Monday, June 24, 2013

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Sunday, June 16, 2013


It was an exceptional bonfire even by his family’s standards, which were high because he had nurtured their appetite for campfires over the years. A storm earlier in the year had vanquished a gnarled old cedar, its root pediment exposed and sprawled out for all the world like an alien creature that had just keeled over. The late cedar had contributed several large branches to the fire and its boughs, seasoned in the relentless summer sun, had been ideal kindling, snapping and popping with ignited resin.

He leaned back against their fallen benefactor’s bare feet and worried and worked at a muscular root joint with one of the several knives always in his possession, eyeing his circle thoughtfully, deliberately building anticipation. Fifteen-odd pairs of eyes, aged two to 16, followed his movements patiently, knowing he wouldn’t begin to speak until they were all settled and still. Most of them knew him as “Uncle Charlie”, but to five of he was Daddy. Audience and acolytes, ready to believe, they willingly went where his voice took them. And as their shaman and elder, he felt the weight of his tribe’s trust as a sacred burden, careful to conceal the smoke and mirrors behind a feisty grin. Barely 5’5”, brown has a hazelnut and wiry as a cat, his thin frame was clad in madras plaid shorts, a vivid Hawaiian shirt that was both untucked and unbuttoned, and heavy work boots to protect his tender feet. To his tribe, those were sacramental vestments.

The shaman smiled his signature smile. If a facial expression could define the spirit of a person, a state of being or emotion, his grin was mischief incarnate. Without a whisp of malice, intimate with irony but awkward with sarcasm, his grin was his most effective medicine. It was well known that his storytelling was powerful medicine, of course, most often practiced as a group ritual and employed as both diversion and subtle teaching tool It was a healing room entered into by mutual consent and the willing suspension of disbelief. But his smile snuck up on you and made you a co-conspirator. That grin could contain a Cab Calloway tune, your birthday and the prize from the crackerjack box of life when he wanted it to. Or it could contain subtitles to a story that said “I’ll just keep playing out this line until the hook is set, then I’ll reel you in.” His face could dance jigs and reels with no more than the corners of his mouth struggling with a twitch and crinkling, twinkling eyes.

Like grandma might label a jar of preserves, his wife had slapped a label on it years before, calling it his “shit-eating grin” long before she succumbed to it. Marrying his friend Junior’s tomboy kid sister “Beanpole” had shocked and startled a lot of people. But by now the years had rounded her to his liking and he figured he would keep her, despite the fact that it made no sense to think someone might grin while consuming bodily waste. He just accepted the label as her way of expressing the difficult to define, and nowadays he only heard the depth of feeling behind it. Just as he accepted so many things about her that puzzled other people.

Working at a tricky spot in the wood, a knot into which he was carving a leprechaun’s ear, he covertly surveyed his audience. Nieces and nephews arrayed around the fire with his own children among them, the oldest at age 16 holding the baby who was only four.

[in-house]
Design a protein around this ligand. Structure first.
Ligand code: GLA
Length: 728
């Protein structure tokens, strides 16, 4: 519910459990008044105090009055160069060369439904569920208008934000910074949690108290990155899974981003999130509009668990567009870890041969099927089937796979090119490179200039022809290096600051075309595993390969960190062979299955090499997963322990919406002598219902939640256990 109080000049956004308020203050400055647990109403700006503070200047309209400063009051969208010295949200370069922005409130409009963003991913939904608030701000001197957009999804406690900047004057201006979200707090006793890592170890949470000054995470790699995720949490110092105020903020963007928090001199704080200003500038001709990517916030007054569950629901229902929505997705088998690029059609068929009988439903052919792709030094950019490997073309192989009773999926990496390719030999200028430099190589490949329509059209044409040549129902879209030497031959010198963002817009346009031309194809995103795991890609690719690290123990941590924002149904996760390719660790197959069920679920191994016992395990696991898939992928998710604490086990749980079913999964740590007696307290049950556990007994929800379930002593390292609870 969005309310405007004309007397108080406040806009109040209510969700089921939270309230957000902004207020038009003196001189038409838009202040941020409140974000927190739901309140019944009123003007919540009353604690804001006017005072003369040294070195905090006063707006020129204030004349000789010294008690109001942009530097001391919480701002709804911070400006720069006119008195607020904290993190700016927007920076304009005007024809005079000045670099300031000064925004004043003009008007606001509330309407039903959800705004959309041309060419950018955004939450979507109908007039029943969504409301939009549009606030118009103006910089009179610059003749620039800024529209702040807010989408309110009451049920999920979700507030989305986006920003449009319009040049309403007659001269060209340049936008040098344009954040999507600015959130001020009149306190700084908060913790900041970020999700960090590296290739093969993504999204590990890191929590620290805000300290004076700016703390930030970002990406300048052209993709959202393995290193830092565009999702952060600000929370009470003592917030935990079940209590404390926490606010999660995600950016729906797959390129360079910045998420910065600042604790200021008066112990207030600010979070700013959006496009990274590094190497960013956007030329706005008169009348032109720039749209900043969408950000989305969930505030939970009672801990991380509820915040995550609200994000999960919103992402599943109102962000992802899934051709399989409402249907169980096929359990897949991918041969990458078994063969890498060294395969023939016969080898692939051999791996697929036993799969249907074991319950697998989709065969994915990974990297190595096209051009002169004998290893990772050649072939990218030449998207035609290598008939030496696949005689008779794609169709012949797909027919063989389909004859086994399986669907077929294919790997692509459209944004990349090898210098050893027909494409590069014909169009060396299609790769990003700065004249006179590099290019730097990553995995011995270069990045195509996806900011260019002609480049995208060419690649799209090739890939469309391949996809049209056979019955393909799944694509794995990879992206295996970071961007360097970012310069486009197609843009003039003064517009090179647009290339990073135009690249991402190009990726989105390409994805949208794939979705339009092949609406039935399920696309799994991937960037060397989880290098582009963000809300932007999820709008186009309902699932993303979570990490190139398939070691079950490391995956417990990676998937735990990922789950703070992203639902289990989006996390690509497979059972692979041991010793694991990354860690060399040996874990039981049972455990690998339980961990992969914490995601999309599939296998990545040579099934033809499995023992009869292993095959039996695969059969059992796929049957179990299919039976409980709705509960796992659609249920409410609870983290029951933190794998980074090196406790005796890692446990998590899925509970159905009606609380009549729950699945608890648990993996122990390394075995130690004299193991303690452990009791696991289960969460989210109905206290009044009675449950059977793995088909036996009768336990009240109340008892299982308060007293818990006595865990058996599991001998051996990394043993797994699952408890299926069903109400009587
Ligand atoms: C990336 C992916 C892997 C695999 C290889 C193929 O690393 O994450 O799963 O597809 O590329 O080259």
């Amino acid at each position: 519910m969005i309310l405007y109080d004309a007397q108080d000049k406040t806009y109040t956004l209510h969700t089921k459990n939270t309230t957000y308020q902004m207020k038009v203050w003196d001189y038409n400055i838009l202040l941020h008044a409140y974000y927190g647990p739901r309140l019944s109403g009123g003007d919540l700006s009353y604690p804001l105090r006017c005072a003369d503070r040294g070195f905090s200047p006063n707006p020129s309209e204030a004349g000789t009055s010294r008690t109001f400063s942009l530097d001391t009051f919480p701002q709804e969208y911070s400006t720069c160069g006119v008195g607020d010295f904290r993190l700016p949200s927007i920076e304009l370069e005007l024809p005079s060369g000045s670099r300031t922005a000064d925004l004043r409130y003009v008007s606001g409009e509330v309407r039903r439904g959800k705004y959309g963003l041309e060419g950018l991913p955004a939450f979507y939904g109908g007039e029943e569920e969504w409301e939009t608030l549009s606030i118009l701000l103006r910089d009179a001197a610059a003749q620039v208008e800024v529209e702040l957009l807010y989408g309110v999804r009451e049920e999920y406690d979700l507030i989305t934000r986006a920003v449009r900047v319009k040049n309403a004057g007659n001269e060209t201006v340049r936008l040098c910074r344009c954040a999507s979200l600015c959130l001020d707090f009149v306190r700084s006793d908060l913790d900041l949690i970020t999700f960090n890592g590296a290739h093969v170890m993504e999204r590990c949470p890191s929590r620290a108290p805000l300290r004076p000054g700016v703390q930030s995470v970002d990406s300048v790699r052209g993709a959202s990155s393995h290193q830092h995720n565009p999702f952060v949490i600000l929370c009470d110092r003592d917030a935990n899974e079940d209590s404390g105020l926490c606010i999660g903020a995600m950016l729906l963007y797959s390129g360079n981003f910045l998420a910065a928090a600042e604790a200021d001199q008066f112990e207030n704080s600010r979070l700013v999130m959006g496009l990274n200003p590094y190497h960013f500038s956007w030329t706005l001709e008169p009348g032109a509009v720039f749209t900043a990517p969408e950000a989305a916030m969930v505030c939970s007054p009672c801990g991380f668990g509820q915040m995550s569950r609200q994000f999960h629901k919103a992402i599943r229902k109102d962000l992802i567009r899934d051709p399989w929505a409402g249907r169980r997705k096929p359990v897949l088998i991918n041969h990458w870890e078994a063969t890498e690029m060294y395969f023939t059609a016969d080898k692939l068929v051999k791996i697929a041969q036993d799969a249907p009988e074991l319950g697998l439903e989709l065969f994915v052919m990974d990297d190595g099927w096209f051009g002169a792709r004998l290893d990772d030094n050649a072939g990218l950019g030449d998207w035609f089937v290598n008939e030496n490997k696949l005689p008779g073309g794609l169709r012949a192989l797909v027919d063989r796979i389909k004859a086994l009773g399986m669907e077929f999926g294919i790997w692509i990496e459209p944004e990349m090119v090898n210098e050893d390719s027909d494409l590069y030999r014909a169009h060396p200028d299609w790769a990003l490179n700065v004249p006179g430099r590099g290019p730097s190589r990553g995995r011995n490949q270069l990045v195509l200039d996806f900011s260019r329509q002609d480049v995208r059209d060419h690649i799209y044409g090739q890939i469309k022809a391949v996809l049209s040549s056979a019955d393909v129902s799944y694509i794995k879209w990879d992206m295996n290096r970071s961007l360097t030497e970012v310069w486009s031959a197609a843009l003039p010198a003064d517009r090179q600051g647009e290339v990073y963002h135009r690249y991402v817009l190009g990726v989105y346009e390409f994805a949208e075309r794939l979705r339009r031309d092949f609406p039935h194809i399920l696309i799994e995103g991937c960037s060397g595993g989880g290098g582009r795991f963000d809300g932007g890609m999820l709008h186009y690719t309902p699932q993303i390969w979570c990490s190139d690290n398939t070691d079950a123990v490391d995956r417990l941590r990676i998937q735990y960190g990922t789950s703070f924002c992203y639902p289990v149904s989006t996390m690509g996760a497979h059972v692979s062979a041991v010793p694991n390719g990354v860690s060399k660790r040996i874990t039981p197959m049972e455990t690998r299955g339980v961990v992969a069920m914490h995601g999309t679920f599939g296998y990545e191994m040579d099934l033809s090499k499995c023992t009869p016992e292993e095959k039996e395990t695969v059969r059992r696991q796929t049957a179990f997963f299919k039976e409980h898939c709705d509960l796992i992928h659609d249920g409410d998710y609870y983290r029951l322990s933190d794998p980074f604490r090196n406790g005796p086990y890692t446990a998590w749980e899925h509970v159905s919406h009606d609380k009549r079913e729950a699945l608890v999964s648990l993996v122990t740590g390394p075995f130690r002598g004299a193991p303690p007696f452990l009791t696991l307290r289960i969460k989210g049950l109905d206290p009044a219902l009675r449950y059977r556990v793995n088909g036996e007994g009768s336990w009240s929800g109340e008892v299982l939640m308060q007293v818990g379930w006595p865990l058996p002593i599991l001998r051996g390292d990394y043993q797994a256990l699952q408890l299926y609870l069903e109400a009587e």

“So what kind of story do you want tonight?” he asked the assembly.

“Space aliens!” “Robots” “Trains” “Dragons” and “Horses” were among the answers shouted back at him at once. Then his eldest asked for a story about his service in the U.S. Navy. He leaned back and stuck his legs out in front of the fire, crossed at the ankles, and began “I guess I could tell you about how I ended up in a military mental ward….” and with that the hook was set and he began reeling them in slowly.

Saturday, June 15, 2013

I. Prologue

It was a sweltering day in southwest Missouri under a relentless sun, as hot and humid as sin.  The boy couldn’t wait to cool off.  His brothers were busy plowing a field nearby, the old mule was crabbier than usual and he knew before long they’d be looking for him.  He slipped out of his britches, carefully rolled them up and stashed them in the crook of a gnarled root along the banks of the creek.  Under the lush arms of the trees lining Center Creek it was more like a deep green living cave the sun could only peek into.
The boy’s nut-brown skin revealed a tendency to shed his clothes whenever the opportunity arose and his jade green eyes twinkled with mischief.  He splashed noisily into the cool spring-fed water, submerged in familiar territory.  He swam happily in the cool shadows until judging it was about time to get back to his brothers.  The boy climbed onto a large rock that hung over the water in dappled sunlight and sat for a moment, dripping dry and dangling his feet in the water.  Half-drowsy and deep in his own thoughts, he nearly fell back into the water when a hand suddenly grabbed his foot.
His eyes followed the hand from his foot down into the water and found it attached to a woman with hair gently floating around her in the water.  She thrust her face above the surface and smiled slightly at him.
“You’re not frightened of me, are you boy?”  It was said like a statement, not really a question.
The boy shook his head quickly.  He wasn’t afraid, just awfully curious.
“You have a foot in both worlds, you know:  Yours and ours.  You swim like a fish and see better underwater than any of your brothers.  Never forget that you will always have friends under the surface of the waters of this world.”
Then suddenly she just wasn’t there.  And just as suddenly he realized that he hadn’t seen her mouth move despite clearly hearing her words.